“The goal of soil health is reducing inputs, which will cut expenses. How soon we see these benefits occur can differ across different fields,” Fryer advised.
An oft-cited deterrent to planting cover crops is the green bridge, a method in which insect pests and pathogens feeding on the cover crop survive long enough to infest the cash crop. But both Bevis and Chappell said that hasn’t been an issue on their operations.
“You hear a lot about the green bridge and how it’s going to get us, but I’ve been in cover crops for eight years now and have had hardly any insect issues,” Bevis said. “Sure, we’ve had to spray for worms a time or two, but overall, we have not had those problems.”
Chappell reported a reduction in insect pests. “I attribute that to increased beneficial populations because we’ve got habitat for them, so we’re not having to rely on insecticide as much.
“I hear all the time about the green bridge and you’re going to cause insect problems with cover crops. Well, not if you use your head. Don’t exaggerate monocultures, don’t plant soybeans into winter peas. Get diversity into your cover crop mix and crop rotation.”
Which cover to plant?
During the question and answer session at the end of the program, Bevis, Chappell and Fryer were asked which cover crops or cover crop mixes were most effective.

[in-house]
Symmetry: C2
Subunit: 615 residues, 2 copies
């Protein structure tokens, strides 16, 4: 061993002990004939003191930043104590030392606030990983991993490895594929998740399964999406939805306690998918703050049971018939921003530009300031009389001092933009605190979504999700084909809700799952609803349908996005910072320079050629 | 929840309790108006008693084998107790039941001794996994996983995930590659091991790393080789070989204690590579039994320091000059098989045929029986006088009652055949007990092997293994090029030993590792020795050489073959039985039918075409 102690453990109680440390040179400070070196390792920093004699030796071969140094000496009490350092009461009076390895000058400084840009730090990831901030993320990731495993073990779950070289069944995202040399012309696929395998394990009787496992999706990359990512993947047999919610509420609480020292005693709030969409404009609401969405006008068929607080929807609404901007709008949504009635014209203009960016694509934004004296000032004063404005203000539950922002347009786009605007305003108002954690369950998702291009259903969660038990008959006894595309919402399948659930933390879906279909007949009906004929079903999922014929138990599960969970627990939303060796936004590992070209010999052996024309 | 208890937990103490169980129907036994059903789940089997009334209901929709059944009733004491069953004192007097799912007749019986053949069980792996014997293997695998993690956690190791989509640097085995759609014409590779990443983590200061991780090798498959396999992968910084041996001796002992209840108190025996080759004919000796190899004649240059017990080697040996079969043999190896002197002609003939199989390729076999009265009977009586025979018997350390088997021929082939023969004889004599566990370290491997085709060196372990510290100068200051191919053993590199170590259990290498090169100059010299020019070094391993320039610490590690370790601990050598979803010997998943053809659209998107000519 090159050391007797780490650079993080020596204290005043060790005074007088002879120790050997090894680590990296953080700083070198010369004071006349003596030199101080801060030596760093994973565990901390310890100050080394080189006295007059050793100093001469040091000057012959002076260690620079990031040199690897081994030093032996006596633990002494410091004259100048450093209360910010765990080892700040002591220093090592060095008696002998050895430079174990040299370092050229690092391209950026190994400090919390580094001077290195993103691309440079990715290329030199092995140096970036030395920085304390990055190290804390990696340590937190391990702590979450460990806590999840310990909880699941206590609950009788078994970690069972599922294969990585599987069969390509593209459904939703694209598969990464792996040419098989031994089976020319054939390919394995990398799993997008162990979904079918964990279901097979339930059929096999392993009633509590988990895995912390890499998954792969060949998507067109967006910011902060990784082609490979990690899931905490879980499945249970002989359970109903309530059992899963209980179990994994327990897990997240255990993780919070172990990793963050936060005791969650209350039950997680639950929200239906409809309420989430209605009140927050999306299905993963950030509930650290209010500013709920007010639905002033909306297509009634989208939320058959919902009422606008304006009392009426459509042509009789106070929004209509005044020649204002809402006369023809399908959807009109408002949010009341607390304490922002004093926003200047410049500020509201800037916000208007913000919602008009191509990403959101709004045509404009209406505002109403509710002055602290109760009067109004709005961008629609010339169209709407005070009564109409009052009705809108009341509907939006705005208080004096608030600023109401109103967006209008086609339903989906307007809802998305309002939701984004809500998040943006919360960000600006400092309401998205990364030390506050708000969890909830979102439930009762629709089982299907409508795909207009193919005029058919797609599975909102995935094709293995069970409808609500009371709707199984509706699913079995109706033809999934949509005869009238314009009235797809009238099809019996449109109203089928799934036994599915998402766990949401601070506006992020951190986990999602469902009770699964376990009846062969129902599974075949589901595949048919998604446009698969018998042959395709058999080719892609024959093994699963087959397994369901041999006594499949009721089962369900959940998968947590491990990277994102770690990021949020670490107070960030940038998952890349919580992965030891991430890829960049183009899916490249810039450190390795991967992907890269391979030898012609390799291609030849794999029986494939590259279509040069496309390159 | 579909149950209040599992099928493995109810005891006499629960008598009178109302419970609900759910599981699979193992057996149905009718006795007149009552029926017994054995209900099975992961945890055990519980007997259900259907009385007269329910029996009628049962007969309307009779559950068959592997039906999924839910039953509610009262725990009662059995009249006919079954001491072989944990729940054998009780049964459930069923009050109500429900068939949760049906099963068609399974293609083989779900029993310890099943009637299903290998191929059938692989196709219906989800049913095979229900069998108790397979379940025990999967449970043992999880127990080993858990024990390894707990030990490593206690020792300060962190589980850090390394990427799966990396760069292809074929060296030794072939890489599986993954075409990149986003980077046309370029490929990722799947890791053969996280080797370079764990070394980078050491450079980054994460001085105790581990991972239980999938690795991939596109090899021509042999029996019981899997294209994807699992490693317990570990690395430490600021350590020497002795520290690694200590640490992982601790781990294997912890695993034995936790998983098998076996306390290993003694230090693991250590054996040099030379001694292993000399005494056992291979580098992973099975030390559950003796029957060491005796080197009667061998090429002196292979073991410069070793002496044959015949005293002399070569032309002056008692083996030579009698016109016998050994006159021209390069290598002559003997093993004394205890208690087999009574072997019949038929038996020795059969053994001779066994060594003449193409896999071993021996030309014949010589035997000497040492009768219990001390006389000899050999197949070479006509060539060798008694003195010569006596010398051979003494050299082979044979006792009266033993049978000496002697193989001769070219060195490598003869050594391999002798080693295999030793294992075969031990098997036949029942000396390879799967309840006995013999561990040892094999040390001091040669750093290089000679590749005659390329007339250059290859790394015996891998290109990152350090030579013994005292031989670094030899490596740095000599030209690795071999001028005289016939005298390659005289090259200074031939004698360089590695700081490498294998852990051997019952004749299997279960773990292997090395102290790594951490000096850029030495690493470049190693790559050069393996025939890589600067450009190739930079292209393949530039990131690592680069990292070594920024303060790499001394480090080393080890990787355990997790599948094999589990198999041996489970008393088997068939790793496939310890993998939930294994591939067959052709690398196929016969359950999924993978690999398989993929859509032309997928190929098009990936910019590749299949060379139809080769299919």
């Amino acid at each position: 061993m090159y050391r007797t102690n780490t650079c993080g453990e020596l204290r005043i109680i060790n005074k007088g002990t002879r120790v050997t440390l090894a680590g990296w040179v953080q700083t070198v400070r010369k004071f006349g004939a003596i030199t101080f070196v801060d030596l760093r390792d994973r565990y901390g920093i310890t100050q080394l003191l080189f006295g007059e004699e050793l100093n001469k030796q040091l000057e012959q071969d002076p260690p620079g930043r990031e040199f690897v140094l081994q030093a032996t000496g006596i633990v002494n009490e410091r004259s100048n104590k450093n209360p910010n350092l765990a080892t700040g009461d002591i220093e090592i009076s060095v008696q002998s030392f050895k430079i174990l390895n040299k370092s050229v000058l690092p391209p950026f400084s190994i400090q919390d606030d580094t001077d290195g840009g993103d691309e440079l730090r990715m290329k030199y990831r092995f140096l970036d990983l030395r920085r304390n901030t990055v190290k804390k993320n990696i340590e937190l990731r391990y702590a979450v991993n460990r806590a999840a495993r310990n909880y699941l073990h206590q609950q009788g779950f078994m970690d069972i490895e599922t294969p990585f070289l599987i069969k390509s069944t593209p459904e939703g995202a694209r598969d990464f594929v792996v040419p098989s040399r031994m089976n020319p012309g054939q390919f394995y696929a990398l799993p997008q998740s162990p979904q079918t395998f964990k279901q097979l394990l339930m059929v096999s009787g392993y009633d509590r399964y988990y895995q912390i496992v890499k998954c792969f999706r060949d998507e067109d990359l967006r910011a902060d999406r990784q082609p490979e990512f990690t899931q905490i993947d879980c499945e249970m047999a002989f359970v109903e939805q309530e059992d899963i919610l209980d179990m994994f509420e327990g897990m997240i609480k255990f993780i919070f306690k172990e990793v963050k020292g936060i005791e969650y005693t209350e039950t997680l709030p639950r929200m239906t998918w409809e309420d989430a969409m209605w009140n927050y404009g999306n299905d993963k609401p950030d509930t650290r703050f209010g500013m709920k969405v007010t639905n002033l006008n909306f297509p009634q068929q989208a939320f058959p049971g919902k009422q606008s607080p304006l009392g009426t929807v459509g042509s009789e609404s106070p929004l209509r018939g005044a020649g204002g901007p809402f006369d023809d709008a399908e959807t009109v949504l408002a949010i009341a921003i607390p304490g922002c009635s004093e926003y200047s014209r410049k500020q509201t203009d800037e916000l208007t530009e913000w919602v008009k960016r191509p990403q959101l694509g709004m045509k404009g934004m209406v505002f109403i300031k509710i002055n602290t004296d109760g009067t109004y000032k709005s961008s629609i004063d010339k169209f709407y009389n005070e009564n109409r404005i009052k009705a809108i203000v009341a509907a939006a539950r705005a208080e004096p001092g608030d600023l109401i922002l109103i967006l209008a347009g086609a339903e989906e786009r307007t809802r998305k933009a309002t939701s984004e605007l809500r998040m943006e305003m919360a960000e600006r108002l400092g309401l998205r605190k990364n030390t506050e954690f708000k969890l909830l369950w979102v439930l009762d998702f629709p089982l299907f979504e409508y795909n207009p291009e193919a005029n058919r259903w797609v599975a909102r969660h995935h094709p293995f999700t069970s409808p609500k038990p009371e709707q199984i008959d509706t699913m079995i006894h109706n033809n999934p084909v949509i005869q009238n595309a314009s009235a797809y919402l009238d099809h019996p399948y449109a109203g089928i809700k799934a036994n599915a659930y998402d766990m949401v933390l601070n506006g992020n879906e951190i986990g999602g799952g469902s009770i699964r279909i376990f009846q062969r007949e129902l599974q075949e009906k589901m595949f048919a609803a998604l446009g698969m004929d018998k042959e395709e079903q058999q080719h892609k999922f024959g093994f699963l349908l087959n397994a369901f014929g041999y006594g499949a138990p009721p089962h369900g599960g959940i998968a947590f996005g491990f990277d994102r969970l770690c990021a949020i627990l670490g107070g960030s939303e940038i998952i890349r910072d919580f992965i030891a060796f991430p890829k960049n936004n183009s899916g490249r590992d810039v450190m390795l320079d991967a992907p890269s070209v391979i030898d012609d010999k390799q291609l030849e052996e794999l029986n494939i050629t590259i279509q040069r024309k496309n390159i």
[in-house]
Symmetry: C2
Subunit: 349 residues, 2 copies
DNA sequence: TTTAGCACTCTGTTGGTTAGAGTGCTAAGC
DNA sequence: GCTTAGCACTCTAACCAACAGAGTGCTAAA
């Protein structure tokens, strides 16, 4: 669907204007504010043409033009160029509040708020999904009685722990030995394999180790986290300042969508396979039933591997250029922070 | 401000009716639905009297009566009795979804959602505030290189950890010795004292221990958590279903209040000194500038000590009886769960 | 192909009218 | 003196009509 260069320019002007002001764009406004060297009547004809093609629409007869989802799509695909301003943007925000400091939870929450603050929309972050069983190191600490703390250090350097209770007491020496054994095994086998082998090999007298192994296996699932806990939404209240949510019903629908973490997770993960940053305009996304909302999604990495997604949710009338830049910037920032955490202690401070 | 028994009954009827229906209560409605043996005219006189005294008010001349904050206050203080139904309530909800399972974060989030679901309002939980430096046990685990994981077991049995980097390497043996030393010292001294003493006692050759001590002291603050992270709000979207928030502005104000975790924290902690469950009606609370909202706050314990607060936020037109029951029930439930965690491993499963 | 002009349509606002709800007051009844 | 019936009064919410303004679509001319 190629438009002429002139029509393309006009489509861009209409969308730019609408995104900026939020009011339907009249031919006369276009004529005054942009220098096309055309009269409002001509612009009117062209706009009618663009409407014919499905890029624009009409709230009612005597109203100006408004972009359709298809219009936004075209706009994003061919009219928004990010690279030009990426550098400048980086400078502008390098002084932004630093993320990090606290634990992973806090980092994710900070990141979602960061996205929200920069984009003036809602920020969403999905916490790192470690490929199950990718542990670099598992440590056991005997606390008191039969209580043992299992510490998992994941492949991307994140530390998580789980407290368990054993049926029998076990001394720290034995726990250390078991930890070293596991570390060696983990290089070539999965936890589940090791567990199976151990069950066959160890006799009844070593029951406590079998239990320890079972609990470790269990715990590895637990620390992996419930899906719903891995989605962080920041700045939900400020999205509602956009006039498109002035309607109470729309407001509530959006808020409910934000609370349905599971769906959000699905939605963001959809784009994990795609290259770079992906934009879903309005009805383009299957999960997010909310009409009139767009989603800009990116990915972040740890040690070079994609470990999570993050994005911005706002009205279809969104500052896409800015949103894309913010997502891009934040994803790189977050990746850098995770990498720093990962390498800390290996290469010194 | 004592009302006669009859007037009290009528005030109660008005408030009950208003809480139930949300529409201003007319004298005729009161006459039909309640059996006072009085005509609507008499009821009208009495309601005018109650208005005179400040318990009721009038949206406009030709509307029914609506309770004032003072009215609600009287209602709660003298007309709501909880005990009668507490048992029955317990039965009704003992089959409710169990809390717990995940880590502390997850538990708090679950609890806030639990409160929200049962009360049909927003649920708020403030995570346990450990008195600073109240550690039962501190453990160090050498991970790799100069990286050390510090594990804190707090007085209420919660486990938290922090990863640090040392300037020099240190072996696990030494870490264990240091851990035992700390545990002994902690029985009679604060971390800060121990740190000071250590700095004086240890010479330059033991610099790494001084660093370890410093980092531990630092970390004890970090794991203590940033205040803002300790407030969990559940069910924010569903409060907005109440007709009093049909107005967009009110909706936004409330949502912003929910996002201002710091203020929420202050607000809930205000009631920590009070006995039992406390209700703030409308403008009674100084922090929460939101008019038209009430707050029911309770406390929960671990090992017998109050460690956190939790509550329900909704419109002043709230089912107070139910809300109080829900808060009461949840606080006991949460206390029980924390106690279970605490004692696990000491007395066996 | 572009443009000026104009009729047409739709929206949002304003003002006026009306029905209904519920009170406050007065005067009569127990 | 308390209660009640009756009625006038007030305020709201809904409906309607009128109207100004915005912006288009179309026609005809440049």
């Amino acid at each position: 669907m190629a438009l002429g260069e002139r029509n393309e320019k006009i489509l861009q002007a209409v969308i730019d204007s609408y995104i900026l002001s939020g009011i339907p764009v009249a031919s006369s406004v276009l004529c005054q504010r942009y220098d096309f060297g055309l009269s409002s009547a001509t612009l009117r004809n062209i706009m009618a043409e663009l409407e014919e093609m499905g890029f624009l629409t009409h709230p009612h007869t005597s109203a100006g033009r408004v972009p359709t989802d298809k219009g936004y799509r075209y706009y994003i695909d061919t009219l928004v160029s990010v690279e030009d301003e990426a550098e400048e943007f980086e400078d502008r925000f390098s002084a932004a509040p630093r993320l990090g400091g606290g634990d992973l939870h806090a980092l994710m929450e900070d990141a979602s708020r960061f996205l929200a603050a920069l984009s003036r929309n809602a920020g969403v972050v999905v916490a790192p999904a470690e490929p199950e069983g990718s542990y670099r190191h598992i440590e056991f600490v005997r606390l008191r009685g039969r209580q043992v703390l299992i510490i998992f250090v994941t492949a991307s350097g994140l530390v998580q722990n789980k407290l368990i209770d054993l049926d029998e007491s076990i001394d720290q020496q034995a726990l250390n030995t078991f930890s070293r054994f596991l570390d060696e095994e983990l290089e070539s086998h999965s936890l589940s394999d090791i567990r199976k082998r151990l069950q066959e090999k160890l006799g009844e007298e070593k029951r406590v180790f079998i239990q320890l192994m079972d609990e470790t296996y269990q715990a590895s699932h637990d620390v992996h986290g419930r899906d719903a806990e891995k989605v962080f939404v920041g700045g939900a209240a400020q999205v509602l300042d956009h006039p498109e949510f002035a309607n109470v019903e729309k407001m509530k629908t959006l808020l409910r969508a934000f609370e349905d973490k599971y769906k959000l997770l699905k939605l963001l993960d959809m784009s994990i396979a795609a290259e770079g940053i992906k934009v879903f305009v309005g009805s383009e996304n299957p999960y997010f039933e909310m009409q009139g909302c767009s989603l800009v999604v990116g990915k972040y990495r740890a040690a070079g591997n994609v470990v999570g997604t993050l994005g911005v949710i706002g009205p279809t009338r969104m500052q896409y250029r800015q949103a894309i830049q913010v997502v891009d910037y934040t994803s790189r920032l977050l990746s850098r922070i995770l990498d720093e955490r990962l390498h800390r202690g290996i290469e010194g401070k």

“When we’re designing a program, we put most of our emphasis on grass,” Chappell said. “That’s primarily for above ground biomass and below ground root mass. Grasses are just unrivaled in both of those areas. Two grasses I really like are oats, specifically cosaque oats, and cereal rye. If the soil is left undisturbed for a 4 – 5-year period with that grass, it is really going to come alive.
“If you have a lot of soybeans in your rotation, you probably don’t need a lot of legumes,” he continued. “If you’re following soybeans with corn, I’m finding you don’t need those legumes. Stick with your grass base and throw a brassica in there.”
Fryer encouraged growers to keep their goals in mind. “What cash crop are you planting? You don’t want to follow a solid grass cover crop with a grass cash crop,” he said. “Diversity is very crucial to avoiding potential problems.”
Bevis’ advice: start simple. “Any cover is better than no cover. I’m not a fan of wheat, but it’s better than tillage and nothing. So, just keep it simple when you start and gain some confidence in what you’re doing.”
Questions were also asked about aerial seeding and appropriate planting windows, particularly in a wet fall like many areas of the Mid-South have seen this year.
“Aerial seeding in general requires a seed that’s small and spreads good. The oats that we use don’t aerial seed at all. Winter peas don’t aerial seed very well. Stick with things like ryes, barleys, clover for legumes,” Chappell advised.
“As far as window to plant, I’ve planted pure grass mixes in late January and had great cover come first of May. You just have to pick your spots. The later you get the more seed you have to plant. These are all good things to know before you buy your seed.”
The Soil Health Virtual Field Trip is part of the Arkansas Soil and Water Virtual Field Trip Series. You can view all past episodes online.